One of the greatest challenges and successes of Hacking Pediatrics is encouraging clinicians to think of themselves as caregivers and innovators. Dr. Docktor mentioned a colleague of his—who would describe herself as “the least technologically savvy person in the world”—who had relied on an antiquated practice of getting recipes to patients with various food allergies. “She would literally copy index cards and pass them out to patients,” he said. Encouraged to attend Hacking Pediatrics’ first hackathon, she pitched this obvious pain point and, with the collaboration of engineers and designers, built an app coined RightByte that later became the tele-nutrition company KindredFood. “Now, my colleague who began this journey five years ago is among the most entrepreneurial and innovative clinicians I know,” Dr. Docktor said.

This opportunity is particularly important and exciting for clinicians at the bedside, according to Donovan and McCabe. “These clinicians may feel like they don’t have time for nerd talk or brainstorming or innovation,” McCabe explained. “Events and programs like hackathons, the Innovation Accelerator program and so many other opportunities at Children’s give them the permission to step back and think in a different way.”

Providing community members, patients and caregivers—from nurses to food service staff to “anyone who touches the patient experience,” Donovan stressed—with the support and resources needed to pioneer innovation is an extensive effort that has spurred new collaborations and cross-functional teams at Children’s. “Before we formed our team, Children’s had a burgeoning innovation group that was focused on building apps in the hospital, but there was still a need for community initiatives and patient advocacy,” Dr. Docktor said.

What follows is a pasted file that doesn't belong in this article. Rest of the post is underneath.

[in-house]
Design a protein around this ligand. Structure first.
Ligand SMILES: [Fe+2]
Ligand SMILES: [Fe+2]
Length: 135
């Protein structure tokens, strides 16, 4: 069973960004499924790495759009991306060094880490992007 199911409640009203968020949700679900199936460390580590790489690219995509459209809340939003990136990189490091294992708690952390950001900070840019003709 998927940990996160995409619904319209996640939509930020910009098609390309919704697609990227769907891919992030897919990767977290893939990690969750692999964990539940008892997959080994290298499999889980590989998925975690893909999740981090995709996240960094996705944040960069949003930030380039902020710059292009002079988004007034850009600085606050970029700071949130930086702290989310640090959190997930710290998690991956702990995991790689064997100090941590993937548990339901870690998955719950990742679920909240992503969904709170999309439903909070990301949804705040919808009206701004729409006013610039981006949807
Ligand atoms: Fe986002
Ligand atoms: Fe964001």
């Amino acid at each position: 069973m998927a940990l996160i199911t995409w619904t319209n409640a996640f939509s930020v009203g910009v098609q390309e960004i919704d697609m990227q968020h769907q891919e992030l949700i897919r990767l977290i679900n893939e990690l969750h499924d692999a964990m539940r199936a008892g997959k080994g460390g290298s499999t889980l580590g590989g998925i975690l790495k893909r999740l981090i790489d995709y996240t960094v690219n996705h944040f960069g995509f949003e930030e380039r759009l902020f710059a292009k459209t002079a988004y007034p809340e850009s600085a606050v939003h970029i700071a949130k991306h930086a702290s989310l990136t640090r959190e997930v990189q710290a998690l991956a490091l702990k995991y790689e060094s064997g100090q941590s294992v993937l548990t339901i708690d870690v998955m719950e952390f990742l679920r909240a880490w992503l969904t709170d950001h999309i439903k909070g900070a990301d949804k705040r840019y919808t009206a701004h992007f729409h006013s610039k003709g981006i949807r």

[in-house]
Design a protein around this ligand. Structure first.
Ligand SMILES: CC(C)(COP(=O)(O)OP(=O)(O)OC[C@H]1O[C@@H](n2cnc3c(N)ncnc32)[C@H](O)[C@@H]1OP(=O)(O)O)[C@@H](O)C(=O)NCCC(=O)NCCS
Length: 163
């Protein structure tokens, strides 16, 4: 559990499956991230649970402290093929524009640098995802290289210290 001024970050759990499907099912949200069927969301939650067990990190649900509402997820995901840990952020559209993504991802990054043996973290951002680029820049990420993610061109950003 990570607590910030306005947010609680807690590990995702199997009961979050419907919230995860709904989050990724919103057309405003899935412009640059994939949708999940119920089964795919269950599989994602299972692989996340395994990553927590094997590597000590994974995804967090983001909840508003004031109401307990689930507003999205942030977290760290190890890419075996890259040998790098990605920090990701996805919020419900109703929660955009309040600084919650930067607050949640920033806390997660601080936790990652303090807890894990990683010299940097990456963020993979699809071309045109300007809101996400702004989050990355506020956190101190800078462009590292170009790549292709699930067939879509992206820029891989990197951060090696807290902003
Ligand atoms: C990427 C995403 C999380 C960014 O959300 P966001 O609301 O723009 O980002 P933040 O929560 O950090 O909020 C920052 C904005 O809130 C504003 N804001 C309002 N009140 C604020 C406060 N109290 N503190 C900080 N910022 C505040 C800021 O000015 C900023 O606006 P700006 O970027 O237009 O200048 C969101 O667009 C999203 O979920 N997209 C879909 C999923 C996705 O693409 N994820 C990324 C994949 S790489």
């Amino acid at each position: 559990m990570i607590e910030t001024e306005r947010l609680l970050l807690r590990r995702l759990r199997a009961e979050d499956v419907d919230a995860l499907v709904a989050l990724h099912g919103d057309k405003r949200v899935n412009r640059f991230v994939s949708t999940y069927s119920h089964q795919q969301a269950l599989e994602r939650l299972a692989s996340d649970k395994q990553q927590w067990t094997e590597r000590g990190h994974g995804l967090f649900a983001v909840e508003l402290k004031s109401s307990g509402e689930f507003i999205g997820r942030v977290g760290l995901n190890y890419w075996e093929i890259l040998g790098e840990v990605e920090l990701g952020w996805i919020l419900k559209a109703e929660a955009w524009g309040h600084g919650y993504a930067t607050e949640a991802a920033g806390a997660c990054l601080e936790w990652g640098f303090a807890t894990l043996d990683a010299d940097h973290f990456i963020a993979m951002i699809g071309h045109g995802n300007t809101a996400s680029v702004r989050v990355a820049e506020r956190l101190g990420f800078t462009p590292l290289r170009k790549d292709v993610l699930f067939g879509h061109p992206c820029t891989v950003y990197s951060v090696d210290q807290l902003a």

Hacking Pediatrics, in collaboration with the Martha Eliot Health Center and local schools, formed in part to fill this need, and devote their time and resources to educating children on important health care topics, technology and “tech stuff” like coding, according to Dr. Docktor and Donovan.

In addition to the Hacking Pediatrics events, the Innovation and Digital Health Accelerator (IDHA) offers resources to more fully engage clinicians to bring out their great ideas, help develop them and carry them to commercialization, Amerling said.

The IDHA has spearheaded initiatives like the Prodigy Bar, which offers open office hours for anyone with an idea to improve the delivery of pediatric care, and an internal development shop, which provides one-on-one time with developers, business analysts and clinical advisors at Children’s, Amerling explained.

The result is “an ecosystem” of clinical and technology experts driven by the desire to learn from existing consumer technologies and other industries—not to reinvent the wheel, Dr. Docktor added. “We’ve always been an innovative place,” he posited. “But historically, the word has been limited to clinical innovation—new surgical techniques, new drugs, those sorts of things. Now, we’re becoming innovators in consumer technology and software and even simple processes, and there’s this thing in the fabric of Children’s about innovating and questioning. What this means, at least to me, is that a handful of people at any organization can plant a seed change in their culture to be more supportive of innovation.”